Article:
Here is an example from a consultancy I am undertaking for a small breeder in the North East USA:

They have several females (white with a tendency to brown spots), a white stud male with an excellent named sire behind him but nondescript dam, and a brown stud male that originated from NZ Chilean stock (!), but who had just won a second in his class at the Nationals. They were disappointed in their female offspring’s results at the Nationals, and asked advice on how to improve them.

They had a breeding plan - to breed high quality white huacayas. But they had no shearweights, no microns, and were intending to put the daughters of their white stud to their brown male. My first advice was - don’t!

My second advice was to find out where their herd stood - what attributes were strong, and what needed improvement.

A "hands on", knowing the sire, confirmed the expected - females with good conformation, fine, and lustrous, but little density, and the character of fleece was inconsistent down the staple and around the body. The animals carried no presence.

We needed more solid data and this was easy to obtain as we were at the largest alpaca show on earth at the AOBA (Alpaca Owners and Breeders Association) Conference. Down to the shearers - shear, segregate, grade, weigh the fleece. Indeed density/shearweight was a concern, as was the low percentage of fleece that was first grade.

Then to the micron tester with samples. In the USA microns are rarely tested, due, I think due to a fallacy put around by bigger breeders that micron testing can be abused and hence is not credible. (It certainly saves the breeders having to defend comparisons!) All three females tested 19 micron, with a 23% cv.

So with the solid data confirming first thoughts, where next? Whilst it was clear to me that outside stud services were required, the client had to come to terms with US$3,000+ stud fees, and their females being off farm whilst it all happened. Fortunately the clients were happy with the suggestion, so we could proceed.

So off down stud row. We wanted to be sure of holding the female’s better qualities whilst standing a great chance of improving the weaker ones. We wanted a stud that at least equalled the females in micron and lustre, displayed a lower cv, displayed quality fibre into lower legs, belly and brisket, sheared at least 12 lbs (5 kg), and had great presence. And we were looking for proof that the stud did pass these attributes on to its progeny. Without saying, we wanted one or two of the venerable ancestor lines of the US herd in the background. And if possible we wanted a stud located in the North East, or close, as transport to (say) Oregon is an expensive task.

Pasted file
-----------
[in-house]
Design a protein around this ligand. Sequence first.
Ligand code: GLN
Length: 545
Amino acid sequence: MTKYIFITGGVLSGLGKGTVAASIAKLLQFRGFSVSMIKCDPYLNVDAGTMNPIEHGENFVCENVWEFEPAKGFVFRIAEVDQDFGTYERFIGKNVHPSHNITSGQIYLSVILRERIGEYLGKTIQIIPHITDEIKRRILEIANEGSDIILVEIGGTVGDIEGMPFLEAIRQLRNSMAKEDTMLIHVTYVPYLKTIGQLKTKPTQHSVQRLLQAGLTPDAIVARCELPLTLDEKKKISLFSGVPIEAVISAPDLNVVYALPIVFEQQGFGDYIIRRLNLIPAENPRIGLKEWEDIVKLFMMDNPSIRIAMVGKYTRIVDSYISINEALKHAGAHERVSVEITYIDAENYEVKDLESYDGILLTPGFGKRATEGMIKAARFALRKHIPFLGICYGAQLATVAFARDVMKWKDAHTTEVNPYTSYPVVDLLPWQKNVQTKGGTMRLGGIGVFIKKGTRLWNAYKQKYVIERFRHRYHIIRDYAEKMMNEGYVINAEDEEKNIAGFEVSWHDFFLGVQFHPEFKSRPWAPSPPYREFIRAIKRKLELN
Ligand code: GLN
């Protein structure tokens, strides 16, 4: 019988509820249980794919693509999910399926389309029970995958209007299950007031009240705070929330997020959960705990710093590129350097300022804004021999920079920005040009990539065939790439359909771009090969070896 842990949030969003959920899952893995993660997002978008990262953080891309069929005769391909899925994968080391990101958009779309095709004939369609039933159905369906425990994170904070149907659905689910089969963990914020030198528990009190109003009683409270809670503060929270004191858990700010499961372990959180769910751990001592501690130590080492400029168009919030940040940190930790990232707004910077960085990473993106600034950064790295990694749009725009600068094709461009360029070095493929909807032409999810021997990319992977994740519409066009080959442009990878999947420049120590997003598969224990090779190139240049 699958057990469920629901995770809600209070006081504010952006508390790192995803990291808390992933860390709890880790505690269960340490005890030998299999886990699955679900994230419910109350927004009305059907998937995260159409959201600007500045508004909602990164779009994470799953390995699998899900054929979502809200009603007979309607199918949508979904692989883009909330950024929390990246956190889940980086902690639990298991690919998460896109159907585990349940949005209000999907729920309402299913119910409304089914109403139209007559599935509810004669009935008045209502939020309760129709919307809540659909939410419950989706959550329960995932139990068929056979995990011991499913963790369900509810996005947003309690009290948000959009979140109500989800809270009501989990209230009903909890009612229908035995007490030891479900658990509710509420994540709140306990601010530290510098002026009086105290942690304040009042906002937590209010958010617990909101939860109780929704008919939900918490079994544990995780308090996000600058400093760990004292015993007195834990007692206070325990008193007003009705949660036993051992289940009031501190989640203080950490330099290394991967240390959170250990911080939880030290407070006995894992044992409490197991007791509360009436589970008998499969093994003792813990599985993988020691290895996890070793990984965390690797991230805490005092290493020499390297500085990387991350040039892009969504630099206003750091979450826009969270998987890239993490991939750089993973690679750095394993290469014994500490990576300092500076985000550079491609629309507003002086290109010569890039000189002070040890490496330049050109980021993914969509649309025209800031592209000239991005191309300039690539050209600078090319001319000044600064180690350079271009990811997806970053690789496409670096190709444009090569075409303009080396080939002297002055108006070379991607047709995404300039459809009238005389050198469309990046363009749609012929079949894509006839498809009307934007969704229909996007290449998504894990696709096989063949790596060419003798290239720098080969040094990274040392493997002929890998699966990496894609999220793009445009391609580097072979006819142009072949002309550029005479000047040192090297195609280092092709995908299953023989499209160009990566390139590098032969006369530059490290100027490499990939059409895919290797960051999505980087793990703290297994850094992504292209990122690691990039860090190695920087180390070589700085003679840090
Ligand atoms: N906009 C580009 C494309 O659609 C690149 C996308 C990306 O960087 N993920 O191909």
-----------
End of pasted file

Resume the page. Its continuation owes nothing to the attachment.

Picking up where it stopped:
On stud row, we saw a number of males, and although the top studs were not present at the show, we were able to talk to their owners. It absolutely amazed me that few knew the microns, shearweights, or progeny information of their studs (or were willing to divulge them!). They showed great photos and talked of their show results, but had little solid measurable data, especially on the more esoteric areas of character and lustre.

One farm is an exception - it keeps all of the fleeces from all of their studs from each year’s successive shearing, to show clients. They have over 500 fleeces displayed.

So now the client has a shortlist of stud males that could do the job. As he is going to spend over US$12,000 on stud fees and transport, he believes it is worth spending a few hundred dollars visiting the farms, viewing the studs, seeing their fleece and progeny. We will select one (or maybe two) and move his females to the stud for mating. Hopefully (the vagaries of genetic improvement notwithstanding), the progeny will be improved in the areas desired.

He does recognise, however that it can not all be done in one generation, and the same evaluation and selection process will need to take place on the offspring to move them forward. At that time there may be different attributes emphasised for improvement, and hence a different stud selection.


"Stud" - a male alpaca that has impregnated a female and usually offered for outside stud services.

"Herdsire" - a US term similar to stud, but more for an alpaca based in the home herd, and not offered for extensive outside stud matings.

"Proven stud" - a male with viable offspring on the ground.

[2009-02-23 door Nic Cooper]